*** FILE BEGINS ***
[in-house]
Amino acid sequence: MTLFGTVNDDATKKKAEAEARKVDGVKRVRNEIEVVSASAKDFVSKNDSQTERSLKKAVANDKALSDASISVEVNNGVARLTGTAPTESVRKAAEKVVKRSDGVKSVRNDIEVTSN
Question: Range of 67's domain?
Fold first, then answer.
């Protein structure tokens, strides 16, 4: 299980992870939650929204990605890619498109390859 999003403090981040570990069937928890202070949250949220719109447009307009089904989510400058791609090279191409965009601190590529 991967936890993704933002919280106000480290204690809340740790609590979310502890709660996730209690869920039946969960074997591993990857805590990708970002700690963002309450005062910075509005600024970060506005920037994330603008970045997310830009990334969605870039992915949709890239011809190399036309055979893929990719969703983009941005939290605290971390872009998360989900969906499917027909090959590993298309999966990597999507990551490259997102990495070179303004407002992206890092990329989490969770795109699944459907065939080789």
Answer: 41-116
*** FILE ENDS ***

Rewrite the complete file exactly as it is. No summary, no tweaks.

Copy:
[in-house]
Amino acid sequence: MTLFGTVNDDATKKKAEAEARKVDGVKRVRNEIEVVSASAKDFVSKNDSQTERSLKKAVANDKALSDASISVEVNNGVARLTGTAPTESVRKAAEKVVKRSDGVKSVRNDIEVTSN
Question: Range of 67's domain?
Fold first, then answer.
């Protein structure tokens, strides 16, 4: 299980992870939650929204990605890619498109390859 999003403090981040570990069937928890202070949250949220719109447009307009089904989510400058791609090279191409965009601190590529 991967936890993704933002919280106000480290204690809340740790609590979310502890709660996730209690869920039946969960074997591993990857805590990708970002700690963002309450005062910075509005600024970060506005920037994330603008970045997310830009990334969605870039992915949709890239011809190399036309055979893929990719969703983009941005939290605290971390872009998360989900969906499917027909090959590993298309999966990597999507990551490259997102990495070179303004407002992206890092990329989490969770795109699944459907065939080789």
Answer: 41-116